There's one other storyline that deserves to be mentioned. UEFA has banned both teams' fans from unveiling giant “tifo” displays before kickoff. It's something that Bayern and Dortmund are renowned for, and we won't get to see it.
Apparently, having flags and banners cross over multiple decks of Wembley Stadium would breach "health and safety" rules. Which rules specifically, you might ask? The ones that protect VIPs in luxury boxes from having their view obstructed.
The real fans - at Wembley and worldwide - deserve better.
Chelsea vs. Manchester City
5:30 p.m. Saturday (Fox Soccer Channel)
On the same day that London welcomes the Champions League final, the city's top team will play an exhibition in America's most glamorous city. The newly-crowned Europa League winners will face last year's Premier League champions at Yankee Stadium.
The American soccer community is still buzzing over the news that City and the Yankees have joined forces to buy Major League Soccer's latest expansion team. New York City FC will start playing in 2015, and could call the Bronx home while they build their own stadium.
That news will overshadow the night's other big storyline: Both teams are getting rid of managers who brought them major success.
For all that Chelsea fans booed Rafael Benitez this season, his half-a-season in charge delivered a major trophy. Though he isn't gone yet, it's just a matter of time before owner Roman Abramovich throws him out and brings José Mourinho back.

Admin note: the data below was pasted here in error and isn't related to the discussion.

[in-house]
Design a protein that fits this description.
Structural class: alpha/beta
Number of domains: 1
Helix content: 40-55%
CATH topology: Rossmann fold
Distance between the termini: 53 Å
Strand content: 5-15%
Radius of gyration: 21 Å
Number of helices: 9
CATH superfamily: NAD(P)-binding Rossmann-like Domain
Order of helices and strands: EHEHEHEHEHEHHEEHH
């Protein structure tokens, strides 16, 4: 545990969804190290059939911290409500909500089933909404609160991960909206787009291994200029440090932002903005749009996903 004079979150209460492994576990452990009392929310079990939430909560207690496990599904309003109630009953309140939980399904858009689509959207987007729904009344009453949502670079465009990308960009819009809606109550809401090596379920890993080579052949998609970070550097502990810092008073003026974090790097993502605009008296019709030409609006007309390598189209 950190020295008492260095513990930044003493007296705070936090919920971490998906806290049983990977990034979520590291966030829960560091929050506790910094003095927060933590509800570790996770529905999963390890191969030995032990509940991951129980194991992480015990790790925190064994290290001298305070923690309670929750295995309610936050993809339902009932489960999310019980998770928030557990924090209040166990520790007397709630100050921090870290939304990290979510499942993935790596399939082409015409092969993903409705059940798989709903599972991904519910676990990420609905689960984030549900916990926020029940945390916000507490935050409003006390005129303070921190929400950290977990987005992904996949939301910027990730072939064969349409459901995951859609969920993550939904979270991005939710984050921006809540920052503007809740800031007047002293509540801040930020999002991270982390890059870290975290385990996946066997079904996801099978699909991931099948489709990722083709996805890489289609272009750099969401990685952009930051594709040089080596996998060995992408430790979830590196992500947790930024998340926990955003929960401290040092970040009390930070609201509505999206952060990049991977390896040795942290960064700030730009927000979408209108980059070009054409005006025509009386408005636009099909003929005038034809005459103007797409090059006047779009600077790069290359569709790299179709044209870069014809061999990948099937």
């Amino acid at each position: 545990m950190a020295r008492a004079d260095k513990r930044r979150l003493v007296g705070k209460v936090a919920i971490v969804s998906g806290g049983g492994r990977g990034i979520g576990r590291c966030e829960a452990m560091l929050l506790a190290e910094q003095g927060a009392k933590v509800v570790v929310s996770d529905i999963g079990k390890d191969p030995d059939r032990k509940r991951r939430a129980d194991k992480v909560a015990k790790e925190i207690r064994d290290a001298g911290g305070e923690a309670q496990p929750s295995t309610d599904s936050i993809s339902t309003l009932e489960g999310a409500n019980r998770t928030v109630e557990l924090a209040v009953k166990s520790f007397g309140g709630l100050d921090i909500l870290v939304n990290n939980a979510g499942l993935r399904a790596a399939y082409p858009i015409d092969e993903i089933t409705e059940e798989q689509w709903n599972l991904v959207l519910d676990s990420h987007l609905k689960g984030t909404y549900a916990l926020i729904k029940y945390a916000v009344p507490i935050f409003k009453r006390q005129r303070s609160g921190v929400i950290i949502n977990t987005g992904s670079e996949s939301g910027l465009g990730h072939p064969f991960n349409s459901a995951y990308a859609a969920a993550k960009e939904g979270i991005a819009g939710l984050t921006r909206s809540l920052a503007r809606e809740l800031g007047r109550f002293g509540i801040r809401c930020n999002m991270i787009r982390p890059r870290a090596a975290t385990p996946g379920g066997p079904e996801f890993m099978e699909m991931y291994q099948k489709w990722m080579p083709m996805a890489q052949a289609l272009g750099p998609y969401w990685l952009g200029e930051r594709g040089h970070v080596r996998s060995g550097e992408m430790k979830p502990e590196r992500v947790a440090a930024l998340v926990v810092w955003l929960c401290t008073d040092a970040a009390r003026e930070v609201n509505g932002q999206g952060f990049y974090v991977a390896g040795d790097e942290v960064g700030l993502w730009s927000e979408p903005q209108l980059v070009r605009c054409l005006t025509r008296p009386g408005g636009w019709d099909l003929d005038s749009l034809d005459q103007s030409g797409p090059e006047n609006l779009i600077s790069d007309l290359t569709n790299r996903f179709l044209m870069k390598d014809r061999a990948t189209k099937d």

Up at Man City, Roberto Mancini won the team's first English league title since 1968. But Sheikh Mansour bin Zayed Al Nahyan wanted more style with that substance, and Mancini alienated some of the team's top players. So the Italian is gone, and Manuel Pellegrini is en route to replace him.
Abramovic and Mansour are among the world's richest men, and their soccer teams are their personal fiefdoms. So they get to call the shots - for better or for worse.
Houston Dynamo at Sporting Kansas City
3:30 p.m. Sunday (NBC Sports Network)
Kansas City ended Houston's Major League Soccer record 36-game home unbeaten streak earlier this month. Now Brad Davis and the Dynamo will look to turn the tables. Already one of MLS' deepest teams, Sporting got another boost when Kei Kamara returned to the team from a loan to England's Norwich City.
Columbus Crew at New York Red Bulls
5:00 p.m. Sunday (UniMás)